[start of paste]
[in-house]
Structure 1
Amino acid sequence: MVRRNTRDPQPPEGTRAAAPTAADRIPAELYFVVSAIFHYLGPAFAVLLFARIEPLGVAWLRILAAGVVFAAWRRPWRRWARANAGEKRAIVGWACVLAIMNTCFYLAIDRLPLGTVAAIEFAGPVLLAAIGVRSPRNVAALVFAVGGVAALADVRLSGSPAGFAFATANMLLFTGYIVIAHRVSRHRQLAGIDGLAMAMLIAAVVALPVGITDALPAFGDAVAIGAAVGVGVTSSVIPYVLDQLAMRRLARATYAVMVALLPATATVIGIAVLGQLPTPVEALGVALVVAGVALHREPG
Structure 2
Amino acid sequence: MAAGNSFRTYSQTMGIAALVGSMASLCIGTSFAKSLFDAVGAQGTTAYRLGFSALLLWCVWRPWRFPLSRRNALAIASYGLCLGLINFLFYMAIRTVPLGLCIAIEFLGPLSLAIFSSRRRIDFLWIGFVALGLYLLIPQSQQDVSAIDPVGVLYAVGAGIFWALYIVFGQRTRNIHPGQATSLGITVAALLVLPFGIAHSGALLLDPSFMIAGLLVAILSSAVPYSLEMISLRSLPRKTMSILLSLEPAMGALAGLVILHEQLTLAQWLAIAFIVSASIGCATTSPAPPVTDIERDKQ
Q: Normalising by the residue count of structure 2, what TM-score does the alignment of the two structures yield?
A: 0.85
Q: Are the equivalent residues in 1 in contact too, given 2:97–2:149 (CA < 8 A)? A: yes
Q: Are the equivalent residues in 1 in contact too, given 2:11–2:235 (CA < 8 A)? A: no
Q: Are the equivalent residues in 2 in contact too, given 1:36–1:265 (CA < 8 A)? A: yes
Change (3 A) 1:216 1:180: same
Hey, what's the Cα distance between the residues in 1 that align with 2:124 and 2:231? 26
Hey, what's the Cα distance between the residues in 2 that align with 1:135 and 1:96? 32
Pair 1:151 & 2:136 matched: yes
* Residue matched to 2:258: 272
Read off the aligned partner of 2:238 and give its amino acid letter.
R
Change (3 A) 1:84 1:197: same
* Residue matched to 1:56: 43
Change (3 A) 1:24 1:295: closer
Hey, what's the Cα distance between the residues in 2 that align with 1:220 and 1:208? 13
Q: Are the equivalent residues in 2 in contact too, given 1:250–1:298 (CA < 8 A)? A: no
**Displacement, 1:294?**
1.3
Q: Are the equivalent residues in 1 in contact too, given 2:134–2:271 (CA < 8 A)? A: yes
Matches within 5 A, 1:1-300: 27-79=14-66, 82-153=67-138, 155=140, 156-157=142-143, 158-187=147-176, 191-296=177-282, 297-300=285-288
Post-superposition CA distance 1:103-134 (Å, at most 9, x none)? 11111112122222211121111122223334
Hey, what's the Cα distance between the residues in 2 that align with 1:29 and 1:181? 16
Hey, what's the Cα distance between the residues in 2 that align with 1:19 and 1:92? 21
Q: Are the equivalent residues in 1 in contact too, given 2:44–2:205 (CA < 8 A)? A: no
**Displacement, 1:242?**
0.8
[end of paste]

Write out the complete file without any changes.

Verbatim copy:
[in-house]
Structure 1
Amino acid sequence: MVRRNTRDPQPPEGTRAAAPTAADRIPAELYFVVSAIFHYLGPAFAVLLFARIEPLGVAWLRILAAGVVFAAWRRPWRRWARANAGEKRAIVGWACVLAIMNTCFYLAIDRLPLGTVAAIEFAGPVLLAAIGVRSPRNVAALVFAVGGVAALADVRLSGSPAGFAFATANMLLFTGYIVIAHRVSRHRQLAGIDGLAMAMLIAAVVALPVGITDALPAFGDAVAIGAAVGVGVTSSVIPYVLDQLAMRRLARATYAVMVALLPATATVIGIAVLGQLPTPVEALGVALVVAGVALHREPG
Structure 2
Amino acid sequence: MAAGNSFRTYSQTMGIAALVGSMASLCIGTSFAKSLFDAVGAQGTTAYRLGFSALLLWCVWRPWRFPLSRRNALAIASYGLCLGLINFLFYMAIRTVPLGLCIAIEFLGPLSLAIFSSRRRIDFLWIGFVALGLYLLIPQSQQDVSAIDPVGVLYAVGAGIFWALYIVFGQRTRNIHPGQATSLGITVAALLVLPFGIAHSGALLLDPSFMIAGLLVAILSSAVPYSLEMISLRSLPRKTMSILLSLEPAMGALAGLVILHEQLTLAQWLAIAFIVSASIGCATTSPAPPVTDIERDKQ
Q: Normalising by the residue count of structure 2, what TM-score does the alignment of the two structures yield?
A: 0.85
Q: Are the equivalent residues in 1 in contact too, given 2:97–2:149 (CA < 8 A)? A: yes
Q: Are the equivalent residues in 1 in contact too, given 2:11–2:235 (CA < 8 A)? A: no
Q: Are the equivalent residues in 2 in contact too, given 1:36–1:265 (CA < 8 A)? A: yes
Change (3 A) 1:216 1:180: same
Hey, what's the Cα distance between the residues in 1 that align with 2:124 and 2:231? 26
Hey, what's the Cα distance between the residues in 2 that align with 1:135 and 1:96? 32
Pair 1:151 & 2:136 matched: yes
* Residue matched to 2:258: 272
Read off the aligned partner of 2:238 and give its amino acid letter.
R
Change (3 A) 1:84 1:197: same
* Residue matched to 1:56: 43
Change (3 A) 1:24 1:295: closer
Hey, what's the Cα distance between the residues in 2 that align with 1:220 and 1:208? 13
Q: Are the equivalent residues in 2 in contact too, given 1:250–1:298 (CA < 8 A)? A: no
**Displacement, 1:294?**
1.3
Q: Are the equivalent residues in 1 in contact too, given 2:134–2:271 (CA < 8 A)? A: yes
Matches within 5 A, 1:1-300: 27-79=14-66, 82-153=67-138, 155=140, 156-157=142-143, 158-187=147-176, 191-296=177-282, 297-300=285-288
Post-superposition CA distance 1:103-134 (Å, at most 9, x none)? 11111112122222211121111122223334
Hey, what's the Cα distance between the residues in 2 that align with 1:29 and 1:181? 16
Hey, what's the Cα distance between the residues in 2 that align with 1:19 and 1:92? 21
Q: Are the equivalent residues in 1 in contact too, given 2:44–2:205 (CA < 8 A)? A: no
**Displacement, 1:242?**
0.8